• Measure important variables critical for diagnostic or management purposes, if applicable, in different discussed entities

 

 

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Wednesday, March 21, 2018 - 7:30 pm – 9:30 pm

Cytopathology

Fine-Needle Aspiration of Cystic Lesions: Challenges Encountered and Lessons Learned

Moderator

Zubair Baloch, University of Pennsylvania, Philadelphia, PA

Faculty

Willian C. Faquin, MD, PhD, Massachusetts General Hospital, Boston, MA
Michelle Reid, MD, Emory University, Atlanta, GA
Scott Boerner, MD, FRCPE, University Health Network, Toronto, ON, Canada
Liron Pantanowitz, MD, University of Pittsburgh, Pittsburgh, PA

Learning Objectives

Upon completion of this educational activity, the learner will be able to:

  • Describe key cytologic features to differentiate between primary and metastatic cystic lesions
  • Identify diagnostic challenges and pitfalls with limited cellularity specimens obtained from cystic lesions
  • Measure the value of special techniques in the diagnosis of cystic lesions of head and neck and pancreas

 

Genitourinary Pathology

Diagnostic Pitfalls in Genitourinary Pathology

Moderator

Michelle S. Hirsch, MD, PhD, Brigham and Women’s Hospital, Boston, MA

Faculty

Rohit Mehra, MD, University of Michigan, Ann Arbor, MI
Fiona Maclean, MBBS, FRCPA, Douglass Hanly Moir Pathology, Macquaire Park, Australia
Brian Robinson, MD, Weill Cornell Medicine, New York, NY
Chia-Sui Kao, MD, Stanford Health Care, Stanford, CA

Learning Objectives

Upon completion of this educational activity, the learner will be able to:

  • Describe the morphologic differences between benign and malignant lesions in the GU tract
  • Identify the usefulness and limitations of biomarker studies in the GU tract
  • Measure their ability to distinguish secondary tumors from primary lesions in the GU tract

 

Gynecologic Pathology

Endometrial Carcinoma: Recent Developments that Impact on Practice

Moderator

C. Blake Gilks, Vancouver General Hospital, Vancouver, BC, Canada

Faculty

Esther Oliva, MD, Massachusetts General Hospital, Boston, MA
Tjalling Bosse, MD, PhD, Leiden University Medical Center, Leiden, Netherlands
Lien Hoang, MD, Vancouver General Hospital, Vancouver, Canada
Rob Soslow, MD, Memorial Sloan Kettering Cancer Center, New York, NY

Learning Objectives

Upon completion of this educational activity, the learner will be able to:

  • Describe important recent developments in endometrial cancer pathology
  • Identify recently described endometrial carcinoma variants that fall outside conventional Type I or Type II categories
  • Measure lymph vascular invasion in a reproducible and clinically relevant way

 

Head, Neck, and Endocrine Pathology

Challenging Cases and Concepts in Head and Neck and Endocrine Pathology

Moderator

Raja Seethala, MD, University of Pennsylvania, Philadelphia, PA

Faculty

Roderick H.W. Simpson, BSC, MB ChB, MMed, University of Calgary, Calgary, Canada
Ilan Weinreb, MD, FRCPC, UHN Laboratory Medicine Program, Toronto, Canada
Kathleen Montone, MD, University of Pennsylvania, Philadelphia, PA
Elizabeth Bilodeau, DMD, MD, University of Pittsburg, Pittsburgh, PA

Learning Objectives

Upon completion of this educational activity, the learner will be able to:

  • Describe unusual salivary type, odontogenic and midfacial destructive lesions
  • Identify distinctive clinicopathologic criteria to delineate granulomatous and non-granulomatous sinonasal inflammatory lesions, and jaw/craniofacial odontogenic neoplasms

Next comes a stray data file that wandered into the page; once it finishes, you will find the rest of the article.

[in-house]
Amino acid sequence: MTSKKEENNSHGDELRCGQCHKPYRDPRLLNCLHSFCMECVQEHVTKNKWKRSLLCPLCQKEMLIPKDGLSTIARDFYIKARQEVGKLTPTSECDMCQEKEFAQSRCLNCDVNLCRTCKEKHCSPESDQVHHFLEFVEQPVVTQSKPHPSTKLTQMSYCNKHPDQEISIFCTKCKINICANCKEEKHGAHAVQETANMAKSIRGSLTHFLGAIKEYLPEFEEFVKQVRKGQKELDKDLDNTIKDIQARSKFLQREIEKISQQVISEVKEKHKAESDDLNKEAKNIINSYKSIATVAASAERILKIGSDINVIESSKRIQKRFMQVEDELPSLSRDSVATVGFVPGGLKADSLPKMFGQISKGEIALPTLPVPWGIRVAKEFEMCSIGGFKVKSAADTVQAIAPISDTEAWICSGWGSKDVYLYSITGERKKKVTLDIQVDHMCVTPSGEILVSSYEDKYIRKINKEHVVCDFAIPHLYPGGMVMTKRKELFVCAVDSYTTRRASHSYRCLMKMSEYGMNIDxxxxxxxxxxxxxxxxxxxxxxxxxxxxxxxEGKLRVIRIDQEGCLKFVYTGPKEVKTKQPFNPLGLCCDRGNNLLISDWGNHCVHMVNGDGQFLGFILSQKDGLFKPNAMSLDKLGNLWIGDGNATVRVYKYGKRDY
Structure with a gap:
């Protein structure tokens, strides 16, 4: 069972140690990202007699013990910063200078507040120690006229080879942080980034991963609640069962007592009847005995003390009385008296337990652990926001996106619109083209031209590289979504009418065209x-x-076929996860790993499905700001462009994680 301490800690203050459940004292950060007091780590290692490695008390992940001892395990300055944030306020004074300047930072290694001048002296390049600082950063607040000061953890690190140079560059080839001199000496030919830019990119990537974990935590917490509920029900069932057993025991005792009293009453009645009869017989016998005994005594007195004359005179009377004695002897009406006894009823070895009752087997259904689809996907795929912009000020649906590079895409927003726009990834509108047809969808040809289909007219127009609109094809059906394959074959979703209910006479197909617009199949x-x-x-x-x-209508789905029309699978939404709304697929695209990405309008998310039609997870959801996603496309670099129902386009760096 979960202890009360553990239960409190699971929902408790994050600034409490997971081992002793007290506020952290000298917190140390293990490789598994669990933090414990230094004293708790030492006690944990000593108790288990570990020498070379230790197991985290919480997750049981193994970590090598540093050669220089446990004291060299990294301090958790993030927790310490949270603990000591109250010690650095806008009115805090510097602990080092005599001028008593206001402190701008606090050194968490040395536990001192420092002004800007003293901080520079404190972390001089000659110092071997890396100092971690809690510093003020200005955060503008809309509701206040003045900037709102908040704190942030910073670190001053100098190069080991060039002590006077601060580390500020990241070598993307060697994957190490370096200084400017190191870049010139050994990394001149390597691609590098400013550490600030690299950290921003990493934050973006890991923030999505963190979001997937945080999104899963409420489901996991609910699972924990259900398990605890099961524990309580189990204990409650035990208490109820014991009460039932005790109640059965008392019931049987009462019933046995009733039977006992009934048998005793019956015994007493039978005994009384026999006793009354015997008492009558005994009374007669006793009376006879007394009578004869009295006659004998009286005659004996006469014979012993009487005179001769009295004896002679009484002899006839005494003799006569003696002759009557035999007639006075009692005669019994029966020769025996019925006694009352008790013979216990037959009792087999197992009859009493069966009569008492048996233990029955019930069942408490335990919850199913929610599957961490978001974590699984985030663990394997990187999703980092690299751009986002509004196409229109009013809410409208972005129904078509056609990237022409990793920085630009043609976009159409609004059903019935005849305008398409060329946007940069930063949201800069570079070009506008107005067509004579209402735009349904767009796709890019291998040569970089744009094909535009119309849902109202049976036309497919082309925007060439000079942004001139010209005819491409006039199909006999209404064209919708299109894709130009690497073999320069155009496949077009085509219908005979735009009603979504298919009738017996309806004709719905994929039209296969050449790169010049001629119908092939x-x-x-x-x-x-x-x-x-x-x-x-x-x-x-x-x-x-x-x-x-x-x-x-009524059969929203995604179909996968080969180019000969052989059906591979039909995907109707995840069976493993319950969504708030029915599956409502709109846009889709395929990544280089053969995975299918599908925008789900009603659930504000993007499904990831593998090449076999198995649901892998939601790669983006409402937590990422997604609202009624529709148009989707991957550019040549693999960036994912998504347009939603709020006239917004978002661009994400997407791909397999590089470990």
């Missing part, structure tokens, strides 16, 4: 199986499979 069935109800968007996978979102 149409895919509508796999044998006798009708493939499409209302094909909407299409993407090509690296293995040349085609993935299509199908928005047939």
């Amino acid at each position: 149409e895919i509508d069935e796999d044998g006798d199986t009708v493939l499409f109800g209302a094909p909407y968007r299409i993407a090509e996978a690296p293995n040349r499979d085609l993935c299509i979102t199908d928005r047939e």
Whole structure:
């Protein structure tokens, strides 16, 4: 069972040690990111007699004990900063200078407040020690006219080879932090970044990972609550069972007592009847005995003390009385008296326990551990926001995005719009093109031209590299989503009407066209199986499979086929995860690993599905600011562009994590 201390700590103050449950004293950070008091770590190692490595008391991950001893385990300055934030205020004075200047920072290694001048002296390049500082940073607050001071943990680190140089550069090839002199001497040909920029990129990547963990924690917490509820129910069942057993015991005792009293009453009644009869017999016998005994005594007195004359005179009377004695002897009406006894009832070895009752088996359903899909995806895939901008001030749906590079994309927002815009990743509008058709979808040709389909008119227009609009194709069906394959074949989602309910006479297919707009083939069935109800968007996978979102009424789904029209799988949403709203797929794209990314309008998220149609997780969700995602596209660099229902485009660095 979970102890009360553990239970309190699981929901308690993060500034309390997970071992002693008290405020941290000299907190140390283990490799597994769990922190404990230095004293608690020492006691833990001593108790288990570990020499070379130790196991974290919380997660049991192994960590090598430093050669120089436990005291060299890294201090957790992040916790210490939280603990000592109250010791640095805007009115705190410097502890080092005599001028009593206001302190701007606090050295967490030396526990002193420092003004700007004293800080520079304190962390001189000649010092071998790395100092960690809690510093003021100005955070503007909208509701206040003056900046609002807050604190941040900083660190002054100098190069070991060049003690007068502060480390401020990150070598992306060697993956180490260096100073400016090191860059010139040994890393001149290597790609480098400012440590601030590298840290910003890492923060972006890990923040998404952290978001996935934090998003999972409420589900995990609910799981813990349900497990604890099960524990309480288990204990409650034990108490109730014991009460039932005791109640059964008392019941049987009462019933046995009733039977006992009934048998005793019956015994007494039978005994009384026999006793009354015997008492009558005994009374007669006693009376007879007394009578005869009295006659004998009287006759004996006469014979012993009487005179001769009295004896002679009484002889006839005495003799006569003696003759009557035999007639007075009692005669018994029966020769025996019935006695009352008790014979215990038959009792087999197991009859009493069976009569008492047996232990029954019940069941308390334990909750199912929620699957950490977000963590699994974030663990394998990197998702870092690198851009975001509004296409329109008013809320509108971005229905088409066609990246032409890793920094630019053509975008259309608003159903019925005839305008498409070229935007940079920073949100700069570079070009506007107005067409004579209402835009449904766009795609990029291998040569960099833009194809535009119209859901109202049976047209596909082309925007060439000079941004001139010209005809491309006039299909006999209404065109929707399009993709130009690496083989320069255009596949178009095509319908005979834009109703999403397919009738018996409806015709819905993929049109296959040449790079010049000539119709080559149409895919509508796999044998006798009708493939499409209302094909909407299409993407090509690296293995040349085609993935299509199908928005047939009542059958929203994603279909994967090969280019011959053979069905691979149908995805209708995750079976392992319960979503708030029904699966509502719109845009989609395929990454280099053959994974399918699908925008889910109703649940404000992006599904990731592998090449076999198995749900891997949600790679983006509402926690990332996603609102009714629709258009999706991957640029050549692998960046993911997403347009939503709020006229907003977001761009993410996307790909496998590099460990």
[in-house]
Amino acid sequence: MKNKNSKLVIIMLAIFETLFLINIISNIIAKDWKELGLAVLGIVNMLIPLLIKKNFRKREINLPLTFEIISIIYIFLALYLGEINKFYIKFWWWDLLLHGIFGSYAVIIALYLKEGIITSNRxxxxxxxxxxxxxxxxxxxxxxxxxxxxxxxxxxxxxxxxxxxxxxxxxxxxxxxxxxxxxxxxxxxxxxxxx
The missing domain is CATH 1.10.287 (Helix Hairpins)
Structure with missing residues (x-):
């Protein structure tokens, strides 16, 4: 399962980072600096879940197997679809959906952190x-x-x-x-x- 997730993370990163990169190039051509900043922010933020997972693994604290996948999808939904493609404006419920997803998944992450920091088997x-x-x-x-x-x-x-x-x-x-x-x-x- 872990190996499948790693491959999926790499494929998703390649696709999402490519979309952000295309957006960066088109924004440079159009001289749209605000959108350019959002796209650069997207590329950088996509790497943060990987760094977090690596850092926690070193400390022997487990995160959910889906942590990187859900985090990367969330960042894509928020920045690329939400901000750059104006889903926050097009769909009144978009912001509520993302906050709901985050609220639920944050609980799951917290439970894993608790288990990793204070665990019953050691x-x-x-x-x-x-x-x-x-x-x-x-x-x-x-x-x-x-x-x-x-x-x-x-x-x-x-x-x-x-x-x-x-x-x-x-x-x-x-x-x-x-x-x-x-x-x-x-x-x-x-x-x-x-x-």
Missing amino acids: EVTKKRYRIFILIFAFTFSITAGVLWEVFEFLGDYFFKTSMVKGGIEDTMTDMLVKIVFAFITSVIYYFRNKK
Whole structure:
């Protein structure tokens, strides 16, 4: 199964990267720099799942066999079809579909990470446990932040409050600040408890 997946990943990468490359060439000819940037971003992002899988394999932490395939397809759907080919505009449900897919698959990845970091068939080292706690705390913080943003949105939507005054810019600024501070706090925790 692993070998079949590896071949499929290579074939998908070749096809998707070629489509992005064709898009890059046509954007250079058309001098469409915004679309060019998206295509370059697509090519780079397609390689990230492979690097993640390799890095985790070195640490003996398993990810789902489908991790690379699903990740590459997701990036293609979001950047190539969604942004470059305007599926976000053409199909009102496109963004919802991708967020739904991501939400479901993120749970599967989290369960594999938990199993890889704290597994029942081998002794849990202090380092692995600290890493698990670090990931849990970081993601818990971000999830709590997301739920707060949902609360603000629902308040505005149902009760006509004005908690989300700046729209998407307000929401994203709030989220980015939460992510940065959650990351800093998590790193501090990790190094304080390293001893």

• Measure immunoexpression profiles of discriminatory value for intraductal salivary tumors

 

Pulmonary Pathology

Best Example of … I have Ever Seen!

Moderator

Alain Borczuk, MD, Cornell University Medical Center, New York, NY

Faculty

Brandon T. Larsen, MD, PhD, Mayo Clinic Arizona, Scottsdale, AZ
Andrew Churg, MD, PhD, Vancouver General Hospital, Vancouver, BC, Canada
Roberto Barrios, MD, The Methodist Hospital, Houston, TX
Prudence Russell, FRCPA, St. Vincent’s University Hospital, Fitzroy, Vic, Australia
Alain C. Borczuk, MD, Cornell University Medical Center, New York, NY

Learning Objectives

Upon completion of this educational activity, the learner will be able to:

  • Describe classical pathologic features of diagnostically important entities in pulmonary disease
  • Identify pitfalls in the current classification and diagnosis of these unusual entities
  • Measure efficacy of a criteria based approach to rendering these diagnoses

 

 

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Thursday, March 22, 2018 - 7:30 pm – 9:30 pm

Liver Pathology

Secrets from the Consult Files: Puzzling Cases Solved Piece by Piece

Moderator

Michael Torbenson, MD, Mayo Clinic, Rochester, MN

Faculty

Maria Westerhoff, MD, University of Michigan, Ann Arbor, MI
Tom Smyrk, MD, Mayo Clinic Rochester, MN
ILKe Nalbantoglu, MD, Yale University, New Haven, CT
Raul Gonzalez, MD, University of Rochester Medical Center, Rochester, NY

Learning Objectives

Upon completion of this educational activity, the learner will be able to:

  • Describe the clinical significance of histological findings
  • Identify the key histological features of liver disease patterns
  • Measure the role of immunostains and other ancillary testing in liver pathology

 

 

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Continuing Medical Education and Maintenance of Certification

The United States and Canadian Academy of Pathology is accredited by the Accreditation Council for Continuing Medical Education (ACCME) to provide continuing medical education for physicians.

The United States and Canadian Academy of Pathology designates this live activity for a maximum of 2 AMA PRA Category 1 Credits™. Physicians should claim only the credit commensurate with the extent of their participation in the activity.

The USCAP is approved by the American Board of Pathology (ABP) to offer Self-Assessment credits (SAMs) for the purpose of meeting the ABP requirements for Maintenance of Certification (MOC). Physicians must take and pass the post-test in order to claim SAMs credit.

Physicians can earn a maximum of 2 SAM credit hours.

Register Now!